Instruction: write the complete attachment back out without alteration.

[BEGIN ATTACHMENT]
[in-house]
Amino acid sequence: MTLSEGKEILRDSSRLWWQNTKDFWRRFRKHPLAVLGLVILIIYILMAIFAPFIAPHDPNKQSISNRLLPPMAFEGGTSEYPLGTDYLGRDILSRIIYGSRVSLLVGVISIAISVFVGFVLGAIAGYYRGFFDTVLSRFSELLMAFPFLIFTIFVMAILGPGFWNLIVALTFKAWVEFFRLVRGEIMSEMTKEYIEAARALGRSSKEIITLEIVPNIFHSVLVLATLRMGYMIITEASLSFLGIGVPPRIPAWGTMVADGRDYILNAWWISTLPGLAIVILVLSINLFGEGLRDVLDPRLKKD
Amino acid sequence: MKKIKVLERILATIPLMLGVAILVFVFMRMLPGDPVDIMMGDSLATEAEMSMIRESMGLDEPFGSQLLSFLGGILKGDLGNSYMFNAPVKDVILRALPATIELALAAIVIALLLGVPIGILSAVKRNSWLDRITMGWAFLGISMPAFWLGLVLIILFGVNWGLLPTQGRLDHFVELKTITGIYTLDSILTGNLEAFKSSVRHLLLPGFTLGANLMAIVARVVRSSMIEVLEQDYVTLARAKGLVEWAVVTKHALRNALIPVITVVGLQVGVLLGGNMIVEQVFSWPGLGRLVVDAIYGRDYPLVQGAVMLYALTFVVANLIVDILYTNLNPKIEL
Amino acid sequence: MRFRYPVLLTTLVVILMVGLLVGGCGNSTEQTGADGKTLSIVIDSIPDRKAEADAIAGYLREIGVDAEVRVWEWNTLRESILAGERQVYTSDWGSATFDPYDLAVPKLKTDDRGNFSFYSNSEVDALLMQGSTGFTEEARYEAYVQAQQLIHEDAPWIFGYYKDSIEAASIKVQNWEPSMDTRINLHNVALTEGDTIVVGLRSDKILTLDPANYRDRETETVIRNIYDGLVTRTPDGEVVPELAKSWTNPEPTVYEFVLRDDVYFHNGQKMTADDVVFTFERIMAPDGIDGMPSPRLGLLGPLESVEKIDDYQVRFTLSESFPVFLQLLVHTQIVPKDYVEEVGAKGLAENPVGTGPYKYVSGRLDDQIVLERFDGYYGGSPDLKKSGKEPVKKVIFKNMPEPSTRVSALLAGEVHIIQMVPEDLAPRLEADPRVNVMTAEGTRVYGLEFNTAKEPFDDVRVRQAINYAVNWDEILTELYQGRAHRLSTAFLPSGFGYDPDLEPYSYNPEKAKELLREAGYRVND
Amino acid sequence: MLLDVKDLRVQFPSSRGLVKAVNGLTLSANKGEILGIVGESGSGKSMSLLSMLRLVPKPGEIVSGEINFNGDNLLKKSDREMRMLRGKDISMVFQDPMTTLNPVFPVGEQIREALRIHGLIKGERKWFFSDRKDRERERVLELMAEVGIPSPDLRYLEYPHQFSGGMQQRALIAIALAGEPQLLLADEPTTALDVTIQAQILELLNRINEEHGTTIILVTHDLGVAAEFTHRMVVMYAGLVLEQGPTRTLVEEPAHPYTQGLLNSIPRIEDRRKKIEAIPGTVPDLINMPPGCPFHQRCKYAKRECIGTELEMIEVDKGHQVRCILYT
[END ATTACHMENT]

[in-house]
Amino acid sequence: MTLSEGKEILRDSSRLWWQNTKDFWRRFRKHPLAVLGLVILIIYILMAIFAPFIAPHDPNKQSISNRLLPPMAFEGGTSEYPLGTDYLGRDILSRIIYGSRVSLLVGVISIAISVFVGFVLGAIAGYYRGFFDTVLSRFSELLMAFPFLIFTIFVMAILGPGFWNLIVALTFKAWVEFFRLVRGEIMSEMTKEYIEAARALGRSSKEIITLEIVPNIFHSVLVLATLRMGYMIITEASLSFLGIGVPPRIPAWGTMVADGRDYILNAWWISTLPGLAIVILVLSINLFGEGLRDVLDPRLKKD
Amino acid sequence: MKKIKVLERILATIPLMLGVAILVFVFMRMLPGDPVDIMMGDSLATEAEMSMIRESMGLDEPFGSQLLSFLGGILKGDLGNSYMFNAPVKDVILRALPATIELALAAIVIALLLGVPIGILSAVKRNSWLDRITMGWAFLGISMPAFWLGLVLIILFGVNWGLLPTQGRLDHFVELKTITGIYTLDSILTGNLEAFKSSVRHLLLPGFTLGANLMAIVARVVRSSMIEVLEQDYVTLARAKGLVEWAVVTKHALRNALIPVITVVGLQVGVLLGGNMIVEQVFSWPGLGRLVVDAIYGRDYPLVQGAVMLYALTFVVANLIVDILYTNLNPKIEL
Amino acid sequence: MRFRYPVLLTTLVVILMVGLLVGGCGNSTEQTGADGKTLSIVIDSIPDRKAEADAIAGYLREIGVDAEVRVWEWNTLRESILAGERQVYTSDWGSATFDPYDLAVPKLKTDDRGNFSFYSNSEVDALLMQGSTGFTEEARYEAYVQAQQLIHEDAPWIFGYYKDSIEAASIKVQNWEPSMDTRINLHNVALTEGDTIVVGLRSDKILTLDPANYRDRETETVIRNIYDGLVTRTPDGEVVPELAKSWTNPEPTVYEFVLRDDVYFHNGQKMTADDVVFTFERIMAPDGIDGMPSPRLGLLGPLESVEKIDDYQVRFTLSESFPVFLQLLVHTQIVPKDYVEEVGAKGLAENPVGTGPYKYVSGRLDDQIVLERFDGYYGGSPDLKKSGKEPVKKVIFKNMPEPSTRVSALLAGEVHIIQMVPEDLAPRLEADPRVNVMTAEGTRVYGLEFNTAKEPFDDVRVRQAINYAVNWDEILTELYQGRAHRLSTAFLPSGFGYDPDLEPYSYNPEKAKELLREAGYRVND
Amino acid sequence: MLLDVKDLRVQFPSSRGLVKAVNGLTLSANKGEILGIVGESGSGKSMSLLSMLRLVPKPGEIVSGEINFNGDNLLKKSDREMRMLRGKDISMVFQDPMTTLNPVFPVGEQIREALRIHGLIKGERKWFFSDRKDRERERVLELMAEVGIPSPDLRYLEYPHQFSGGMQQRALIAIALAGEPQLLLADEPTTALDVTIQAQILELLNRINEEHGTTIILVTHDLGVAAEFTHRMVVMYAGLVLEQGPTRTLVEEPAHPYTQGLLNSIPRIEDRRKKIEAIPGTVPDLINMPPGCPFHQRCKYAKRECIGTELEMIEVDKGHQVRCILYT